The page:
Keep in mind that your postbaccalaureate coursework will be calculated together on CASPA with your undergraduate GPA. Additionally, postbaccalaureate programs are often expensive methods to raising your science and overall GPA. This is because most postbacc programs charge a great deal of money per credit hour. An alternative to this expensive choice would be to enroll as a postbacc student, but not join the formal postbaccalaureate program. You can simply enroll and register for classes without being in an official program. This can save you money and time if you don’t need to take all of the science courses offered in a traditional postbacc program.
Most postbaccalaureate programs still want you to have at least a 3.0 GPA and if they do not, priority is usually given to students with higher GPAs. If you still don’t meet this requirement, you might consider taking some of your science coursework at a community college first. You can also just opt to take additional undergraduate science courses (besides the prerequisite courses) prior to graduation that will factor into your undergraduate science GPA.
Overall GPA Requirement: Not specified
- Tufts University Graduate Career Advancement Program
- Penn College of Liberal & Professional Studies (possess science undergraduate degree)
- University of New England
- College of Osteopathic Medicine Online Education
- Southern California University of Health Science
- University of Massachusetts Dartmouth
- Somos Hermanos 6-Month Immersion Program (learn Spanish!)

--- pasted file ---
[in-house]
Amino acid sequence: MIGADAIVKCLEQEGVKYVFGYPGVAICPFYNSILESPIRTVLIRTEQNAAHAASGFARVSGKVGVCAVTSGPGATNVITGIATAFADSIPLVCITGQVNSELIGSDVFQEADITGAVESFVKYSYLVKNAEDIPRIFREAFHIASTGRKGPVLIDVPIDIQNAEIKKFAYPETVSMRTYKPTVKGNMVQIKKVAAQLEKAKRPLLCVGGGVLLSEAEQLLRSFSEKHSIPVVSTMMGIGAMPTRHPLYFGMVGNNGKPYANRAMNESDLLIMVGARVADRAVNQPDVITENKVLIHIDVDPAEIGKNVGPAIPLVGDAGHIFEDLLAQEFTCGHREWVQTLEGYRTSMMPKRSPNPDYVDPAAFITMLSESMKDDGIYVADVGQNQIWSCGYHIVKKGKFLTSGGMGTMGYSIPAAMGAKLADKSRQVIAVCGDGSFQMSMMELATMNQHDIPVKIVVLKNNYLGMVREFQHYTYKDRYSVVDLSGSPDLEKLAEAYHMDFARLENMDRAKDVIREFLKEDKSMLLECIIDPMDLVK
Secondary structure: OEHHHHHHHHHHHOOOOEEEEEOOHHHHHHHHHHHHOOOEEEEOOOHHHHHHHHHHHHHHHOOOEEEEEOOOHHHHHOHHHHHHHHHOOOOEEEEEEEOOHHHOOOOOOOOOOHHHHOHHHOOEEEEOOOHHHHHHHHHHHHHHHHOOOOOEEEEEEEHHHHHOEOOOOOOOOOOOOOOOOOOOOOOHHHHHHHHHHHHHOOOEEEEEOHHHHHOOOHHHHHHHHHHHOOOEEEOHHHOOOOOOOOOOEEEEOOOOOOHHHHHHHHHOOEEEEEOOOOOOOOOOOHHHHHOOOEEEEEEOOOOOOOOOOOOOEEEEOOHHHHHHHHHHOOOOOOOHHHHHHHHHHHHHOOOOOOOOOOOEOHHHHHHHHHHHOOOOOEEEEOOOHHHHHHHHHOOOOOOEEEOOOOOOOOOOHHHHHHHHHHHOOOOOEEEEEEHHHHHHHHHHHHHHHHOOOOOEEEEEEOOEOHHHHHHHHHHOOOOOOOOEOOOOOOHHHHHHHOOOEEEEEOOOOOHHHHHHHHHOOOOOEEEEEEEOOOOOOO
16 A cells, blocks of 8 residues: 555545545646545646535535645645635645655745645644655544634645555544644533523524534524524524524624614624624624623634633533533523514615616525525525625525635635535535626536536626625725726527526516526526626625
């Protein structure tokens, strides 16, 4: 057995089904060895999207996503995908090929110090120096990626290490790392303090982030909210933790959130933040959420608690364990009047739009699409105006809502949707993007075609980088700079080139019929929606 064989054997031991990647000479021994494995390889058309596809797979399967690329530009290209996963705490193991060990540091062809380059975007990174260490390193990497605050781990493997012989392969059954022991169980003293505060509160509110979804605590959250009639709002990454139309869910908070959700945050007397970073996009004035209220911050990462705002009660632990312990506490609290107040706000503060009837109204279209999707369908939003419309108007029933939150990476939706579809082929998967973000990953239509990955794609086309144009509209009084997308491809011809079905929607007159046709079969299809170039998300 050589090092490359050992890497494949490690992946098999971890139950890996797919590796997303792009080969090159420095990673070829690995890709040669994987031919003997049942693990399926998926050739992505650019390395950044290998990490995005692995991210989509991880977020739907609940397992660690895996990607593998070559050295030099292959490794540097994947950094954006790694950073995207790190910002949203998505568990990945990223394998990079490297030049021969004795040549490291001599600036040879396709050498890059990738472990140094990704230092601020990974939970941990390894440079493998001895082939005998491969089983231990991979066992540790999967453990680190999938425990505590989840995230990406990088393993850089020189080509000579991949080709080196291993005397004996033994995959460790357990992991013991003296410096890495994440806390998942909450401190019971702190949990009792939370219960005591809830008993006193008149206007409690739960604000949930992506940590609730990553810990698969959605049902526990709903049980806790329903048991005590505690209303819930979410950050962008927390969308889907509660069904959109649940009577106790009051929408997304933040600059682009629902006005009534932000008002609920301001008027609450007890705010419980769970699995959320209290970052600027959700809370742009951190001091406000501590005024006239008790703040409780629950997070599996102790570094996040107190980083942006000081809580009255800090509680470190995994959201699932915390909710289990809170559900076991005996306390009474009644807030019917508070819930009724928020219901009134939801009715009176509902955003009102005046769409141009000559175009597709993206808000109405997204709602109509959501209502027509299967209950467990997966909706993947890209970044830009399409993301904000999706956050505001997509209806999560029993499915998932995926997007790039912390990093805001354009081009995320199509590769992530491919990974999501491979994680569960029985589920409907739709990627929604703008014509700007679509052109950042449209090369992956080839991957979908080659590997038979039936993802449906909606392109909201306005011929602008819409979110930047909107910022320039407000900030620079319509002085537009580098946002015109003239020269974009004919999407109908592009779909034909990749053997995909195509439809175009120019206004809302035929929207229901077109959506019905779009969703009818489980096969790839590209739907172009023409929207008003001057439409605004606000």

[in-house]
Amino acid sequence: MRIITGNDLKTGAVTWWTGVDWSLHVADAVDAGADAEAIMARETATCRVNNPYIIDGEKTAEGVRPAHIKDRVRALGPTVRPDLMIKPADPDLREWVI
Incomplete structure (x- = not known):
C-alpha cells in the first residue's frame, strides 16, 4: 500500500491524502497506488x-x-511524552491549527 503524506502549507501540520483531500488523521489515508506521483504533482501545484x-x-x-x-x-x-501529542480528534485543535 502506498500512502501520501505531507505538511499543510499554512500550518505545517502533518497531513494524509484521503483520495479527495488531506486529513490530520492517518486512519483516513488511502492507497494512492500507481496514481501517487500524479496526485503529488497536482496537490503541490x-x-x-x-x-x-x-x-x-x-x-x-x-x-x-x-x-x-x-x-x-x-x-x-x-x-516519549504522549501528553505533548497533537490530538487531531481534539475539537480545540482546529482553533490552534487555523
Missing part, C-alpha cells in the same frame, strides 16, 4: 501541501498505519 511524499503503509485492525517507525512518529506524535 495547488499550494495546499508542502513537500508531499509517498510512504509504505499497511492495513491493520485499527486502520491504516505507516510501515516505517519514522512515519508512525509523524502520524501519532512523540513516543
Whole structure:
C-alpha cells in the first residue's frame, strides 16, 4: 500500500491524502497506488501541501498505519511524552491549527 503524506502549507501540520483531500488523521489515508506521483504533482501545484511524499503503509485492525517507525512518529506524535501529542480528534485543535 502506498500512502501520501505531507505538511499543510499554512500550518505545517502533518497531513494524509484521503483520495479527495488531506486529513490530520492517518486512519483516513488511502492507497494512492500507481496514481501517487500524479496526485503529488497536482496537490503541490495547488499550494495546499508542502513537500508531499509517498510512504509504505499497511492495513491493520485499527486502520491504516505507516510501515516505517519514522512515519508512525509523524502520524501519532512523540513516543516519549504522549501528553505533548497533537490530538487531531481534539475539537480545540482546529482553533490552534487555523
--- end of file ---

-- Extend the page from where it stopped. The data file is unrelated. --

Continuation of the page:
Overall GPA Requirement: 2.5+
Overall GPA Requirement: 2.8+
Overall GPA Requirement: 3.0+
- UC Berkeley Extension
Overall GPA Requirement: 3.2+
- Washington University in St. Louis
Postbaccalaureate Master’s Programs
In comparison, a master level program is designed to be in addition to your undergraduate GPA and will be calculated separately from your undergraduate science GPA. If only a few science courses from your undergraduate career are bringing you down, you probably shouldn’t invest in a master’s degree. Instead, you should consider the postbacc program to reinforce those unfortunate grades with better ones.
Master level programs will show programs that you can handle a rigorous master level science program. Most master level programs also want at least a 3.0-3.2+ GPA overall. If you can meet this requirement by taking a few community college undergraduate courses, then pursuing a master level degree program can be achieved. There are a few programs out there offering master’s degrees with minimum GPAs of 2.5-3.0, but you’ll have to look harder.
A master’s degree doesn’t always have to be in the usual public health, nutrition, genetics, or biomedical science. Instead, they can be in other science-oriented degrees - see below. Whatever you choose, ensure that enough science coursework is incorporated and that you are taking them at a graduate or upper division level.
Master of Science in Biomedical Science Programs
- A.T. Still University (MSBS)
- Tufts University (MSBS)
- Tulane University (MBS with emphasis in Human Genetics)
- George Mason University (MSBS)
- Regis University (MSBS)
- Case Western Reserve University School of Medicine (Training Program)
Master of Science in Medical (Health) Sciences
- Western University (MSMS)
- Drexel University College of Medicine (MSP, IMS, MBS, MMS, IHS, MIHS, DPMS, PMED)
- Boston University (MAMS)
- Loyola University Chicago (MAMS)
Master of Science in Basic Medical Science
- Wayne State (MSBMS)
Master of Science in Nutrition
- Columbia University (Human Nutrition)
- Tufts School of Nutrition Science & Policy (Nutrition Science & Policy)
Master of Science in Anatomy
Master of Science in Physiology
Master of Science in Neuroscience
- University at Buffalo (MSN)
Master of Science in Pharmacology
- SUNY at Albany (MPH)
Master of Science in Biomedical Forensic Science
- Syracuse University (MSBFS)
Master of Science in Clinical and Translational Science
Working for the National Institute of Health (NIH)